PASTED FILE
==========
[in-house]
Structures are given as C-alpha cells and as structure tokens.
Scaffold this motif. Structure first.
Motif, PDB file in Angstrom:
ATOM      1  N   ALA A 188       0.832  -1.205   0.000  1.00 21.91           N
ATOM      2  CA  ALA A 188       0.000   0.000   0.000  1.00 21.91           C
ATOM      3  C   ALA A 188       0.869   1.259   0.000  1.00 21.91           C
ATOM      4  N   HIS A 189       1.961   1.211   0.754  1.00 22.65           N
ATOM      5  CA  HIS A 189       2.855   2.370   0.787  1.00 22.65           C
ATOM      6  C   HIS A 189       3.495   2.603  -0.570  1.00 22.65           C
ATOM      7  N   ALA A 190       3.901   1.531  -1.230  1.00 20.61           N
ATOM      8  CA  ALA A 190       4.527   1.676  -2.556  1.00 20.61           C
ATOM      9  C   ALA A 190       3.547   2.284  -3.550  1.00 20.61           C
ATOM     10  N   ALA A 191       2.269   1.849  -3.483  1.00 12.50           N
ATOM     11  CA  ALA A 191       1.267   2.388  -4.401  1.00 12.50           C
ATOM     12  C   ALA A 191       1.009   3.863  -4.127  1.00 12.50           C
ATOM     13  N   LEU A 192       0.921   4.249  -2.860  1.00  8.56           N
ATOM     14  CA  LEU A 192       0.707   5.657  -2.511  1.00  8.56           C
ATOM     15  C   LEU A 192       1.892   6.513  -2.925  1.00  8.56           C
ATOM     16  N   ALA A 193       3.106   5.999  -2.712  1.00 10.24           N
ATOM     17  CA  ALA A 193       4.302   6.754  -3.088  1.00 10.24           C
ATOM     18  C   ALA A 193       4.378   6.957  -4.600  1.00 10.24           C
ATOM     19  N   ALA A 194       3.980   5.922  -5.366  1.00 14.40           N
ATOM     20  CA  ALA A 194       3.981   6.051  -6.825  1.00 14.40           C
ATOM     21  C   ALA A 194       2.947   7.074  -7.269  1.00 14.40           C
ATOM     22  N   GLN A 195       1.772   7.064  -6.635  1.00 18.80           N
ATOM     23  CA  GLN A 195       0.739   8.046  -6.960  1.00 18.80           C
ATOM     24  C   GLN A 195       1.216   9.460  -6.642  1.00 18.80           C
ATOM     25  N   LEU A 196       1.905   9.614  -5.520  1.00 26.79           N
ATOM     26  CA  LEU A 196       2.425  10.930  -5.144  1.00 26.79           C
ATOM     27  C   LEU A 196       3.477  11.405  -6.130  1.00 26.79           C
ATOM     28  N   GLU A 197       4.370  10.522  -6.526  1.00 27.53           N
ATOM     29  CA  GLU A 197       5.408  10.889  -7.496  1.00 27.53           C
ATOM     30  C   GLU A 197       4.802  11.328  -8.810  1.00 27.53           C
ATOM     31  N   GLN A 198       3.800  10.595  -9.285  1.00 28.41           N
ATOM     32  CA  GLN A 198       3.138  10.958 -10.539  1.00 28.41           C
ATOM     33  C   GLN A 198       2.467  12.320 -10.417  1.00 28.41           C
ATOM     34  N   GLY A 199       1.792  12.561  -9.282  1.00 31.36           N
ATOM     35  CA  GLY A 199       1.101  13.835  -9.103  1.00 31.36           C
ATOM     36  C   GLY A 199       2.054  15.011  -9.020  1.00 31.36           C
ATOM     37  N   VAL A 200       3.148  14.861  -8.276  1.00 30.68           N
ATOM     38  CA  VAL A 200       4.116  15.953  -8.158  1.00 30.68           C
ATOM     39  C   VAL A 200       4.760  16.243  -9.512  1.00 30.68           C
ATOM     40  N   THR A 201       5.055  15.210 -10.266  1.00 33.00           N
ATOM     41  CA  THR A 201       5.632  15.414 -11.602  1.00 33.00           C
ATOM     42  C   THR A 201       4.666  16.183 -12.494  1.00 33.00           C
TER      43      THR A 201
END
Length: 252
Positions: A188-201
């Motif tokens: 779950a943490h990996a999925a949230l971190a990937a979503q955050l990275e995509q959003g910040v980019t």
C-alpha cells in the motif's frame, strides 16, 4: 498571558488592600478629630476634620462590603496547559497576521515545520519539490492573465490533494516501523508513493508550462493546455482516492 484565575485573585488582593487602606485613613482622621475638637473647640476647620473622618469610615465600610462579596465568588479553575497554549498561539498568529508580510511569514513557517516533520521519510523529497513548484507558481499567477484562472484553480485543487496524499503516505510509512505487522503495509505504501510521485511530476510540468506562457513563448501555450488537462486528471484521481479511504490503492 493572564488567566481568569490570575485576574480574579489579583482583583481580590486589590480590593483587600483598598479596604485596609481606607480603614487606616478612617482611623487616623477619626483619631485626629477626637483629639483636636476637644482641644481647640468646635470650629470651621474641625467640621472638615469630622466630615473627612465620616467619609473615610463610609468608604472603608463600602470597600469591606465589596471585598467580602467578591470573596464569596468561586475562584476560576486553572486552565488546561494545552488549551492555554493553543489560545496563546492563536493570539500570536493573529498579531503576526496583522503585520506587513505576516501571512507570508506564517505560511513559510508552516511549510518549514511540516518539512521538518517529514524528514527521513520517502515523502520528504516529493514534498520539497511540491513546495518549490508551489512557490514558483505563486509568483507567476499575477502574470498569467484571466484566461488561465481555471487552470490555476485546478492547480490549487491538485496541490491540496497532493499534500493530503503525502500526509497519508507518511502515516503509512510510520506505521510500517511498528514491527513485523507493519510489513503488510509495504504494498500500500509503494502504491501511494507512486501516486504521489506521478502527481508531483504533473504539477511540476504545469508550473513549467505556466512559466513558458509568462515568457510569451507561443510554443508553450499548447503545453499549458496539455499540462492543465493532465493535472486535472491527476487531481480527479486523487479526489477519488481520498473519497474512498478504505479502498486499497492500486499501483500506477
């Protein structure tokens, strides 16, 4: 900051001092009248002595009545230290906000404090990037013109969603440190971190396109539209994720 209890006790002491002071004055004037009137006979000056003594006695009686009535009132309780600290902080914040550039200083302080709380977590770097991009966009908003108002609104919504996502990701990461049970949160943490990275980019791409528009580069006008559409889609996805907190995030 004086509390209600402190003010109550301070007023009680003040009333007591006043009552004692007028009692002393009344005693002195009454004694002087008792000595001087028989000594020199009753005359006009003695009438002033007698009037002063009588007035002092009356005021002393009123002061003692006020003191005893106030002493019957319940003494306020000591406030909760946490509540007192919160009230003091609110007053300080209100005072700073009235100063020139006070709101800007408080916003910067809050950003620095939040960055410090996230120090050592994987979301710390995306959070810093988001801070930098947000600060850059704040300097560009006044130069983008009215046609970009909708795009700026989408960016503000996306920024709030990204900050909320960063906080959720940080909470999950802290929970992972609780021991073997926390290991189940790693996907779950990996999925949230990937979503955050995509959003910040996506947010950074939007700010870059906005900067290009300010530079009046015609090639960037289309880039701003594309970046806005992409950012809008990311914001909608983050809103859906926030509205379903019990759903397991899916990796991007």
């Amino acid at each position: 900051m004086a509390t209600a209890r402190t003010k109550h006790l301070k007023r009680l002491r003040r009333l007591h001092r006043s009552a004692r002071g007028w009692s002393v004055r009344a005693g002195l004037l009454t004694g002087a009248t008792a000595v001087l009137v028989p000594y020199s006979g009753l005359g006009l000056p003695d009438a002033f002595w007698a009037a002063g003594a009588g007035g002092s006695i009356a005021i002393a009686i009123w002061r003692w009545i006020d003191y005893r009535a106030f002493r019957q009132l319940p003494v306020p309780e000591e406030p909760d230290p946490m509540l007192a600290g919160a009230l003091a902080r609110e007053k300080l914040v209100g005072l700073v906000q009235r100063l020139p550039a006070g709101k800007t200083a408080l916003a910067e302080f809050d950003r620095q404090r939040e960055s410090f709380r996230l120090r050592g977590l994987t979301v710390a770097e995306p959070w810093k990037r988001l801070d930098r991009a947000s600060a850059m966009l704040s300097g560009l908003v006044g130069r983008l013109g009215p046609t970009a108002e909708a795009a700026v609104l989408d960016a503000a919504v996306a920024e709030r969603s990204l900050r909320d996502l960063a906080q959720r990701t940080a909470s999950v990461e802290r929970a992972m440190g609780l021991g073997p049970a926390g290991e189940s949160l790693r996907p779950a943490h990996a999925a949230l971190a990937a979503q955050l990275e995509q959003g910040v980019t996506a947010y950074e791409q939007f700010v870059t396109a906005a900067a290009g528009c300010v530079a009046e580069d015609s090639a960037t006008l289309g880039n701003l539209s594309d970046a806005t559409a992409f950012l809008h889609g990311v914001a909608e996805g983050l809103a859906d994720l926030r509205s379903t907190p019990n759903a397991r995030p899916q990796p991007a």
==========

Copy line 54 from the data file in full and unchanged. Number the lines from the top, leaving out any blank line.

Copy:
């Amino acid at each position: 900051m004086a509390t209600a209890r402190t003010k109550h006790l301070k007023r009680l002491r003040r009333l007591h001092r006043s009552a004692r002071g007028w009692s002393v004055r009344a005693g002195l004037l009454t004694g002087a009248t008792a000595v001087l009137v028989p000594y020199s006979g009753l005359g006009l000056p003695d009438a002033f002595w007698a009037a002063g003594a009588g007035g002092s006695i009356a005021i002393a009686i009123w002061r003692w009545i006020d003191y005893r009535a106030f002493r019957q009132l319940p003494v306020p309780e000591e406030p909760d230290p946490m509540l007192a600290g919160a009230l003091a902080r609110e007053k300080l914040v209100g005072l700073v906000q009235r100063l020139p550039a006070g709101k800007t200083a408080l916003a910067e302080f809050d950003r620095q404090r939040e960055s410090f709380r996230l120090r050592g977590l994987t979301v710390a770097e995306p959070w810093k990037r988001l801070d930098r991009a947000s600060a850059m966009l704040s300097g560009l908003v006044g130069r983008l013109g009215p046609t970009a108002e909708a795009a700026v609104l989408d960016a503000a919504v996306a920024e709030r969603s990204l900050r909320d996502l960063a906080q959720r990701t940080a909470s999950v990461e802290r929970a992972m440190g609780l021991g073997p049970a926390g290991e189940s949160l790693r996907p779950a943490h990996a999925a949230l971190a990937a979503q955050l990275e995509q959003g910040v980019t996506a947010y950074e791409q939007f700010v870059t396109a906005a900067a290009g528009c300010v530079a009046e580069d015609s090639a960037t006008l289309g880039n701003l539209s594309d970046a806005t559409a992409f950012l809008h889609g990311v914001a909608e996805g983050l809103a859906d994720l926030r509205s379903t907190p019990n759903a397991r995030p899916q990796p991007a």